Brewing up trouble... our love of tea has us in stew
Published 09/02/2013 | 08:00
Tea is probably one of the things that keeps Belfast running – but it looks like our bad tea drinking habits are wreaking havoc on the environment.
Our love of the Belfast brew is damaging the environment – and hitting our pockets – with an estimated 950 tonnes of unnecessary waste generated each year by sending thousands of used teabags to landfill.
That's costing the city some £76,000 a year, yet the problem is easily solved.
If we just recycled our teabags by throwing them in with the rest of the food waste, ratepayers would be saving £29,000 a year.
The shocking statistic emerged from Belfast City Council's Fresher, Cleaner, Greener campaign which focuses on food waste.
Councillor Pat McCarthy, chairman of the council's health and environmental services committee, said: "I was amazed when I heard how much waste was caused by throwing out teabags alone.
"When you consider how many cups of tea you have in a day, they seriously add up and there's no excuse for sending them to landfill because you can dispose of them in brown bins or in food caddies.
"It costs us £76,000 to dispose of teabags via landfill and imagine what we could do with that money instead. Households need to make a special effort to recycle as much at home as possible and that includes food waste.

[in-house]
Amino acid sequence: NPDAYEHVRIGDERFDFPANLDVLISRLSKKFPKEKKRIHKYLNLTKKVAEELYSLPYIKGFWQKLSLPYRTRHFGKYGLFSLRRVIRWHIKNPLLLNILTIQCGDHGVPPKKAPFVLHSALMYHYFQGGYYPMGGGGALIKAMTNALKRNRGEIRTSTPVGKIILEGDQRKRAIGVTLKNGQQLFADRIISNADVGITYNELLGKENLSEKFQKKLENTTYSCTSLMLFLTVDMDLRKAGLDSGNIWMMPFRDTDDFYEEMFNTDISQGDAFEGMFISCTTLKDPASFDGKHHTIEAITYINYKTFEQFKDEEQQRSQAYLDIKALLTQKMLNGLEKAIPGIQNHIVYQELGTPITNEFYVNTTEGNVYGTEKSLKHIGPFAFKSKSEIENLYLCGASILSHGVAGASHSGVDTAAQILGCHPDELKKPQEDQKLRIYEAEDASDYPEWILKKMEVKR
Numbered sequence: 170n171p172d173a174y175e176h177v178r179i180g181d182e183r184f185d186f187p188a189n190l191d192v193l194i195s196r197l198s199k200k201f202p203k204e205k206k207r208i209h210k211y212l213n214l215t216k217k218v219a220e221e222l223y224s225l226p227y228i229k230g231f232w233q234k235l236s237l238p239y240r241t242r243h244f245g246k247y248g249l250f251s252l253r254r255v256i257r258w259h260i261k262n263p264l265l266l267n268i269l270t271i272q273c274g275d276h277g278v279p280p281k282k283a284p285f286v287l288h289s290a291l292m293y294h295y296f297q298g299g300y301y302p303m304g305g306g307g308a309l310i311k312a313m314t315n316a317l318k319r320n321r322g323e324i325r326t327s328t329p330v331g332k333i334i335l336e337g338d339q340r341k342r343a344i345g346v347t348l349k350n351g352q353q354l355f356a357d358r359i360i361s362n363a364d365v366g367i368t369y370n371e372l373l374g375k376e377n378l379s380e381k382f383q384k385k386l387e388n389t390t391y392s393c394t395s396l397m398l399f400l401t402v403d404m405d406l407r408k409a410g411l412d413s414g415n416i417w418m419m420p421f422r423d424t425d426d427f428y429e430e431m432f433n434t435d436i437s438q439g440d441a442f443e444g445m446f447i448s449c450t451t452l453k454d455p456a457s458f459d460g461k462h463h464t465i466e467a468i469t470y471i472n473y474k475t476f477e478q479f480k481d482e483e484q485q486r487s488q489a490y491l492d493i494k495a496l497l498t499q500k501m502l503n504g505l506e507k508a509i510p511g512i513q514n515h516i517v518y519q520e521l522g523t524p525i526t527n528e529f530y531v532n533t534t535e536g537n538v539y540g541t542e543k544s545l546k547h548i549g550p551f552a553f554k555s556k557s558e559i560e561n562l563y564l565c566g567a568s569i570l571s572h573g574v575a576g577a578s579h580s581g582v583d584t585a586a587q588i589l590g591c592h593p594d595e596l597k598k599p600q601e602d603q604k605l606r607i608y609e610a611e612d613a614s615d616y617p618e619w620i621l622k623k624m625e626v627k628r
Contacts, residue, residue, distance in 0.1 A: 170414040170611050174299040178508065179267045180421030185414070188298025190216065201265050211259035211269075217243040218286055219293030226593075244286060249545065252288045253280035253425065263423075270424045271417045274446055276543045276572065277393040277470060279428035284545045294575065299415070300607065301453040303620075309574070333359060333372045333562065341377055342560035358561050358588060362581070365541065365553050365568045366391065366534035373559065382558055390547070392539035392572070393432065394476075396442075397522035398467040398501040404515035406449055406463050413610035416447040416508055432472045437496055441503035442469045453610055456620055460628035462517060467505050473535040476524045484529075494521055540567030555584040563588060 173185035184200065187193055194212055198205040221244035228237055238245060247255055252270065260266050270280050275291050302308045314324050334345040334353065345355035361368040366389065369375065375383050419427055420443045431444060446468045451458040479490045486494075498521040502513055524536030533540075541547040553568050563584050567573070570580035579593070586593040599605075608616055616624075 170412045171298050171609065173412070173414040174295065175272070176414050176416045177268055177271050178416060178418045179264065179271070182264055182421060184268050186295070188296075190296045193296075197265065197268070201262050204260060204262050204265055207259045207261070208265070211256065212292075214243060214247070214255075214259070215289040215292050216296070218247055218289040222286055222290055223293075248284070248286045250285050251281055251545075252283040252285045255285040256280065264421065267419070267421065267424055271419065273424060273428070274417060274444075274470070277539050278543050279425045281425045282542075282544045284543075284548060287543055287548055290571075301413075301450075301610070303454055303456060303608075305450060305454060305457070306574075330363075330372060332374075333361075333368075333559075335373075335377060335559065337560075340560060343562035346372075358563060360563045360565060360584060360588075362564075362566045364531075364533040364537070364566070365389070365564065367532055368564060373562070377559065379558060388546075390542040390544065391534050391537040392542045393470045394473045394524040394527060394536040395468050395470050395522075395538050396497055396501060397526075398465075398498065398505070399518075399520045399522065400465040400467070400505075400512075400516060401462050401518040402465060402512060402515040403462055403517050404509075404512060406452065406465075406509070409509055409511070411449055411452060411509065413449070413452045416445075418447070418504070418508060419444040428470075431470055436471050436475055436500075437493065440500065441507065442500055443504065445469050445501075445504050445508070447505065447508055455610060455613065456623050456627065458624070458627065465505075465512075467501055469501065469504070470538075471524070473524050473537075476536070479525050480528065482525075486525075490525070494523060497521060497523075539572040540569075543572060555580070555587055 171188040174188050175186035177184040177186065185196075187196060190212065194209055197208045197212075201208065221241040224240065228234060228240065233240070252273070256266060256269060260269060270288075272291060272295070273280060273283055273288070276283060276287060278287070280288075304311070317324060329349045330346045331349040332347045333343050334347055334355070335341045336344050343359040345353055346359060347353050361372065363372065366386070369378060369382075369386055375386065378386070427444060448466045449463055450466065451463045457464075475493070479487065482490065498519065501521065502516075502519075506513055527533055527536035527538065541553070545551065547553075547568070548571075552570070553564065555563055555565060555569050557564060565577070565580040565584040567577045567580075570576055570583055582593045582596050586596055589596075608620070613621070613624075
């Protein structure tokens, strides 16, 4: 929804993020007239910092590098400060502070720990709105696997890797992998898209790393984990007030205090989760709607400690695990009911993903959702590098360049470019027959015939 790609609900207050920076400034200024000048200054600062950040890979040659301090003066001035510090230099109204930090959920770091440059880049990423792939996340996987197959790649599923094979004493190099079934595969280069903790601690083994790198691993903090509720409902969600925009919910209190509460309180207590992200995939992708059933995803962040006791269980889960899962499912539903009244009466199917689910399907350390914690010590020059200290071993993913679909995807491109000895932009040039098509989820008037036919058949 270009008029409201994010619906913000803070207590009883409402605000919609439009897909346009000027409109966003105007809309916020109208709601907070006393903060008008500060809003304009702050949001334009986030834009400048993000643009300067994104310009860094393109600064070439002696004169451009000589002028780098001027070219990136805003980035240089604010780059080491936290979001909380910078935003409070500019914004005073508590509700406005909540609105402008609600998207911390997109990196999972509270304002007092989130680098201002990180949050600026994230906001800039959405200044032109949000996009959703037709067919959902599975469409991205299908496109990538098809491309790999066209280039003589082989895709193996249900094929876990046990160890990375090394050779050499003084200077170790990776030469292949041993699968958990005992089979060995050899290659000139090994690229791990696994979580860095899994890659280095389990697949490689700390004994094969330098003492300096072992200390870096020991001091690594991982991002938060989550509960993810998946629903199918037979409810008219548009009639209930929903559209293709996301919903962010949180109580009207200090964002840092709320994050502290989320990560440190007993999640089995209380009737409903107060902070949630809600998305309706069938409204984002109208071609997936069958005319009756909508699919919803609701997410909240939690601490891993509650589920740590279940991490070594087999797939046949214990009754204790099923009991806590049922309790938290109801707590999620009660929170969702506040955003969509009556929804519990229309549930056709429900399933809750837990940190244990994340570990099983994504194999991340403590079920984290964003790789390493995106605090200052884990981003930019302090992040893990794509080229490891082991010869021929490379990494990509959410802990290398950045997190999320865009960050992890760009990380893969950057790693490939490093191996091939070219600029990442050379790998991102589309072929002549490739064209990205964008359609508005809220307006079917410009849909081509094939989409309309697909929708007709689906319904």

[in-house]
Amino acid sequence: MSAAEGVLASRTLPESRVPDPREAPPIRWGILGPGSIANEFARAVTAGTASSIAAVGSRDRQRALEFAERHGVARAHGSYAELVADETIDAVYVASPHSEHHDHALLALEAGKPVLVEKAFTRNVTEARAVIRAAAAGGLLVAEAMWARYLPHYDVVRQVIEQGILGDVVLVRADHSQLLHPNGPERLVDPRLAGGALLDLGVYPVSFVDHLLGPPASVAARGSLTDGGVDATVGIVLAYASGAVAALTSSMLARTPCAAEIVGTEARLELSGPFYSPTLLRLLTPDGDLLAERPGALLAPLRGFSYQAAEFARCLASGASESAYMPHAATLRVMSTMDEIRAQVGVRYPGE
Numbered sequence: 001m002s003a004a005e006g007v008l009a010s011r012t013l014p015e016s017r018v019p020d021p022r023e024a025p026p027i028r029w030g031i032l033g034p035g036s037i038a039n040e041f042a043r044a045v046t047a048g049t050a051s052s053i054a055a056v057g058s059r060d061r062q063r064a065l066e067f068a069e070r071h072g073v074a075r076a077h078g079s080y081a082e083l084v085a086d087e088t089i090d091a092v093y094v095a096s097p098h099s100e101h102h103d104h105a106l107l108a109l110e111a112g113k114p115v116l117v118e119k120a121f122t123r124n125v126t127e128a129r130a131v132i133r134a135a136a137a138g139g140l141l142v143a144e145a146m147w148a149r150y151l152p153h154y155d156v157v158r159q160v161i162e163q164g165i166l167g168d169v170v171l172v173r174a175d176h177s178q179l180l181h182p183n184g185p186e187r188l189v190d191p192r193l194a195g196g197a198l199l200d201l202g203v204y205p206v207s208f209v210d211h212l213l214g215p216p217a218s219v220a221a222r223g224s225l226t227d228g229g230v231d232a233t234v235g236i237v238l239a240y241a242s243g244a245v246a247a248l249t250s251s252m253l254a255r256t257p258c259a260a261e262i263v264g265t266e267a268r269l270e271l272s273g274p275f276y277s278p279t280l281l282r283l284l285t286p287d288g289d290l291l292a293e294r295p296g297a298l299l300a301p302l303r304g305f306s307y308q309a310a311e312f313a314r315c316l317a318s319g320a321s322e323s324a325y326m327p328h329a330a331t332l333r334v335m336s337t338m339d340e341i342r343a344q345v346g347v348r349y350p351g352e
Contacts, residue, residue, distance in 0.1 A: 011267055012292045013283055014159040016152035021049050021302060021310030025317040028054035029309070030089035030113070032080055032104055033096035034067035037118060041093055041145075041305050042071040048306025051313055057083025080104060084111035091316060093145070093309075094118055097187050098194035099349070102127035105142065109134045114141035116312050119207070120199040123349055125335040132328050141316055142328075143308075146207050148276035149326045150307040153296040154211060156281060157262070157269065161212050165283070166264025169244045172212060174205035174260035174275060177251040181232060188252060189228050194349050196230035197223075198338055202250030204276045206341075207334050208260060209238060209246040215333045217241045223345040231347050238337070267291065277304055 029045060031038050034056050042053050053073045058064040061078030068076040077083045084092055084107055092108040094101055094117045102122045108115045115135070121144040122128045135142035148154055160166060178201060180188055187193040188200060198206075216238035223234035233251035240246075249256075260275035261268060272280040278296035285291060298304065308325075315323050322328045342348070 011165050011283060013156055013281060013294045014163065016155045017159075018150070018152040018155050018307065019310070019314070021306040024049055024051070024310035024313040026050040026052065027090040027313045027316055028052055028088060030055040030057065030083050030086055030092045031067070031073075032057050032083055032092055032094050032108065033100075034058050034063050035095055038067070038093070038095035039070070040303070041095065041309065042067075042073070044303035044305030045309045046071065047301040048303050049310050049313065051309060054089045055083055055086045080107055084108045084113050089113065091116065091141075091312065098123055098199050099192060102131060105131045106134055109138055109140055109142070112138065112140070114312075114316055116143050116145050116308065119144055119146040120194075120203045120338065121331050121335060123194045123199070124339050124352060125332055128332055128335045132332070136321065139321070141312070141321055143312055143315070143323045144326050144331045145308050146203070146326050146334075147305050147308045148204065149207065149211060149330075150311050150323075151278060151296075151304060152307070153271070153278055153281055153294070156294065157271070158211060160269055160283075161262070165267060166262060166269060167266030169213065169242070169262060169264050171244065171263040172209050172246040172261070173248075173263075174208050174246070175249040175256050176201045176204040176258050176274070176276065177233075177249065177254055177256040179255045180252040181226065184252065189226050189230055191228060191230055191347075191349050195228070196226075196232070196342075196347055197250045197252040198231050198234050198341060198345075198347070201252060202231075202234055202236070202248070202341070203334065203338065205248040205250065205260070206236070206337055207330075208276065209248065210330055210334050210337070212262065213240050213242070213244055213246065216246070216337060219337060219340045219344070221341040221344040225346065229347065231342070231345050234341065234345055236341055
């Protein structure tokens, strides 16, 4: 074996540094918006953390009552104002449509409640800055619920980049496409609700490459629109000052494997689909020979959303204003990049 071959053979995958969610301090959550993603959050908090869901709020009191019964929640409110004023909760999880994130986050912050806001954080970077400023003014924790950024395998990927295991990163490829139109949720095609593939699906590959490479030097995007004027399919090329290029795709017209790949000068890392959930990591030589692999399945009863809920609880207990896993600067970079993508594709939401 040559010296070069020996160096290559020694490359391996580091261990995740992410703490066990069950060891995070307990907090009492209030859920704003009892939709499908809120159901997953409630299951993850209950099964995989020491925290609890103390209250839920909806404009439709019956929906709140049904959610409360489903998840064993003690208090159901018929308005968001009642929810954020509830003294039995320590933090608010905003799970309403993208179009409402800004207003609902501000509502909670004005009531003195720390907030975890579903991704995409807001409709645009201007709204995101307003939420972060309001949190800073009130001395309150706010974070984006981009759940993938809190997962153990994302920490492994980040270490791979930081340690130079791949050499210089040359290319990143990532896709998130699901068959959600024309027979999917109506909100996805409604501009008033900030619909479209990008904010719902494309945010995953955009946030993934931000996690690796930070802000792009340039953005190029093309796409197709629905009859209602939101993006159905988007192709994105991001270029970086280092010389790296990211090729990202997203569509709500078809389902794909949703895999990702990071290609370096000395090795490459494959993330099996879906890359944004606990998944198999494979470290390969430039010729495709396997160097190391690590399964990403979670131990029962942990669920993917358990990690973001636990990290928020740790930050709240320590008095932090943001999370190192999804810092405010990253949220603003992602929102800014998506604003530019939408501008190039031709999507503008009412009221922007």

"If we could save £29,000 each year just by recycling our teabags, think how much we could save if we composted all our food waste at home.
"We really need everyone on board and doing as much as they possibly can to boost the city's recycling rate."
The council has been highlighting the issue of food waste through public advertising and awareness campaigns like Waste Week and European Week for Waste Reduction.
Around 60,000 homes across the city have brown bins, allowing them to easily recycle food waste, and a further 7,000 homes have kitchen caddies as part of the council's food waste collection scheme.
Councillor McCarthy added: "Last year, waste collection in Belfast cost ratepayers around £15m.
"We currently recycle around 32% of all waste – but around 70% of waste can be recycled, so we still have a long way to go.
"Under EU directives, we must get our recycling rate to at least 50% by 2015 or else face massive fines, which ultimately will impact on the ratepayer."
In 2011 around 80,000 tonnes of waste was sent to landfill while 38,000 tonnes was recycled.
"It costs council £800 to process every lorry filled with black bin waste, compared to just £80 for a truck-load of recyclable waste. Compostable waste collected in brown bins is also significantly cheaper to process, costing £470 per lorry load.
"These are sobering statistics and there's only so much the council can do, the rest is up to ratepayers themselves.
"We provide the bins and boxes, we provide the collections; now we're asking households to really make that extra push and engage with us," councillor McCarthy added.
1 Irish social reformers in the 19th century regarded tea drinking as being as destructive to morals as drinking whiskey.
2 Irish people now drink more tea per capita than any other nation in the world
3 Tea was first introduced to Ireland in the early 1800s when it was only drunk by the very wealthy.
4 Narnia author CS Lewis reckoned: "You can never get a cup of tea large enough or a book long enough to suit me."
5 Tea sparked a security alert in 2010. A man left a suspicious package at Parliament Buildings containing iced tea and two sticks.